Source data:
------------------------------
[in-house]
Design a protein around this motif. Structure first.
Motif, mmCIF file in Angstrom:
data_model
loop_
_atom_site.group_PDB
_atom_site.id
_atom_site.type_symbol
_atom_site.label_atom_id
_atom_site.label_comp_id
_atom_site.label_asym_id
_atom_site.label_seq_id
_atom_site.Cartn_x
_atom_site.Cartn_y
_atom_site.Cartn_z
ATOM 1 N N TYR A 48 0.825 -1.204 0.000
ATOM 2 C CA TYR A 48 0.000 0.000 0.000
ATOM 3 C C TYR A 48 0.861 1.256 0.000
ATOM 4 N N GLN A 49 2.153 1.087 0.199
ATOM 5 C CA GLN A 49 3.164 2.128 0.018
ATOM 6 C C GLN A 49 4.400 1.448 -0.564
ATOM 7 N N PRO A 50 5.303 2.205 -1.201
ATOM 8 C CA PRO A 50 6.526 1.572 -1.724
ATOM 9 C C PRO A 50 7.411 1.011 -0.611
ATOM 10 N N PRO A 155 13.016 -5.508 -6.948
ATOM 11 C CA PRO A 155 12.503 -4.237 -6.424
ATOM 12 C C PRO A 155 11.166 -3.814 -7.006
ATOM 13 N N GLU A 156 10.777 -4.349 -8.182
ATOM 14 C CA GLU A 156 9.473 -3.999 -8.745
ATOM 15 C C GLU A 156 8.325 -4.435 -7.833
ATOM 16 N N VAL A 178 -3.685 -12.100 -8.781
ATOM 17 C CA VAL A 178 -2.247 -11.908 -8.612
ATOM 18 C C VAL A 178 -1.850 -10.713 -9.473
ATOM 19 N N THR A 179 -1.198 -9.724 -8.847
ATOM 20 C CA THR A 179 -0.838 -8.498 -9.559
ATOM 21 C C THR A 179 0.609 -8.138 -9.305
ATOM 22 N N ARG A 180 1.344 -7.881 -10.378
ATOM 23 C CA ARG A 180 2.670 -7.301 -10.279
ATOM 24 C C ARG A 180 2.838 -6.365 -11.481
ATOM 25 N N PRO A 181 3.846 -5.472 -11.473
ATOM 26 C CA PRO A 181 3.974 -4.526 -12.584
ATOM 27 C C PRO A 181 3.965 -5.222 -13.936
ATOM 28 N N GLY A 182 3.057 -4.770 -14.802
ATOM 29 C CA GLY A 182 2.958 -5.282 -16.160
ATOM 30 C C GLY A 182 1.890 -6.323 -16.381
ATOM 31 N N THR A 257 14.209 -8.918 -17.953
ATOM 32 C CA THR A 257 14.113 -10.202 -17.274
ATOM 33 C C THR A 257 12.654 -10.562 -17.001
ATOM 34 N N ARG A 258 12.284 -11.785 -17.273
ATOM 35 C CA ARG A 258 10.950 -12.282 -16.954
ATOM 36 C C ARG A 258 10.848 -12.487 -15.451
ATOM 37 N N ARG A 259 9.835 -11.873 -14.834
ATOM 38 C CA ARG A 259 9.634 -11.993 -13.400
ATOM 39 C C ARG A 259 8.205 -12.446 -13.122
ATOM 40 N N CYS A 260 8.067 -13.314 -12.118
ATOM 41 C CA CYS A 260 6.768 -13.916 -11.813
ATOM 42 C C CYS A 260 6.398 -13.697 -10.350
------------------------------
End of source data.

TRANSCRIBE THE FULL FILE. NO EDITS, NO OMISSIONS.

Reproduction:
[in-house]
Design a protein around this motif. Structure first.
Motif, mmCIF file in Angstrom:
data_model
loop_
_atom_site.group_PDB
_atom_site.id
_atom_site.type_symbol
_atom_site.label_atom_id
_atom_site.label_comp_id
_atom_site.label_asym_id
_atom_site.label_seq_id
_atom_site.Cartn_x
_atom_site.Cartn_y
_atom_site.Cartn_z
ATOM 1 N N TYR A 48 0.825 -1.204 0.000
ATOM 2 C CA TYR A 48 0.000 0.000 0.000
ATOM 3 C C TYR A 48 0.861 1.256 0.000
ATOM 4 N N GLN A 49 2.153 1.087 0.199
ATOM 5 C CA GLN A 49 3.164 2.128 0.018
ATOM 6 C C GLN A 49 4.400 1.448 -0.564
ATOM 7 N N PRO A 50 5.303 2.205 -1.201
ATOM 8 C CA PRO A 50 6.526 1.572 -1.724
ATOM 9 C C PRO A 50 7.411 1.011 -0.611
ATOM 10 N N PRO A 155 13.016 -5.508 -6.948
ATOM 11 C CA PRO A 155 12.503 -4.237 -6.424
ATOM 12 C C PRO A 155 11.166 -3.814 -7.006
ATOM 13 N N GLU A 156 10.777 -4.349 -8.182
ATOM 14 C CA GLU A 156 9.473 -3.999 -8.745
ATOM 15 C C GLU A 156 8.325 -4.435 -7.833
ATOM 16 N N VAL A 178 -3.685 -12.100 -8.781
ATOM 17 C CA VAL A 178 -2.247 -11.908 -8.612
ATOM 18 C C VAL A 178 -1.850 -10.713 -9.473
ATOM 19 N N THR A 179 -1.198 -9.724 -8.847
ATOM 20 C CA THR A 179 -0.838 -8.498 -9.559
ATOM 21 C C THR A 179 0.609 -8.138 -9.305
ATOM 22 N N ARG A 180 1.344 -7.881 -10.378
ATOM 23 C CA ARG A 180 2.670 -7.301 -10.279
ATOM 24 C C ARG A 180 2.838 -6.365 -11.481
ATOM 25 N N PRO A 181 3.846 -5.472 -11.473
ATOM 26 C CA PRO A 181 3.974 -4.526 -12.584
ATOM 27 C C PRO A 181 3.965 -5.222 -13.936
ATOM 28 N N GLY A 182 3.057 -4.770 -14.802
ATOM 29 C CA GLY A 182 2.958 -5.282 -16.160
ATOM 30 C C GLY A 182 1.890 -6.323 -16.381
ATOM 31 N N THR A 257 14.209 -8.918 -17.953
ATOM 32 C CA THR A 257 14.113 -10.202 -17.274
ATOM 33 C C THR A 257 12.654 -10.562 -17.001
ATOM 34 N N ARG A 258 12.284 -11.785 -17.273
ATOM 35 C CA ARG A 258 10.950 -12.282 -16.954
ATOM 36 C C ARG A 258 10.848 -12.487 -15.451
ATOM 37 N N ARG A 259 9.835 -11.873 -14.834
ATOM 38 C CA ARG A 259 9.634 -11.993 -13.400
ATOM 39 C C ARG A 259 8.205 -12.446 -13.122
ATOM 40 N N CYS A 260 8.067 -13.314 -12.118
ATOM 41 C CA CYS A 260 6.768 -13.916 -11.813
ATOM 42 C C CYS A 260 6.398 -13.697 -10.350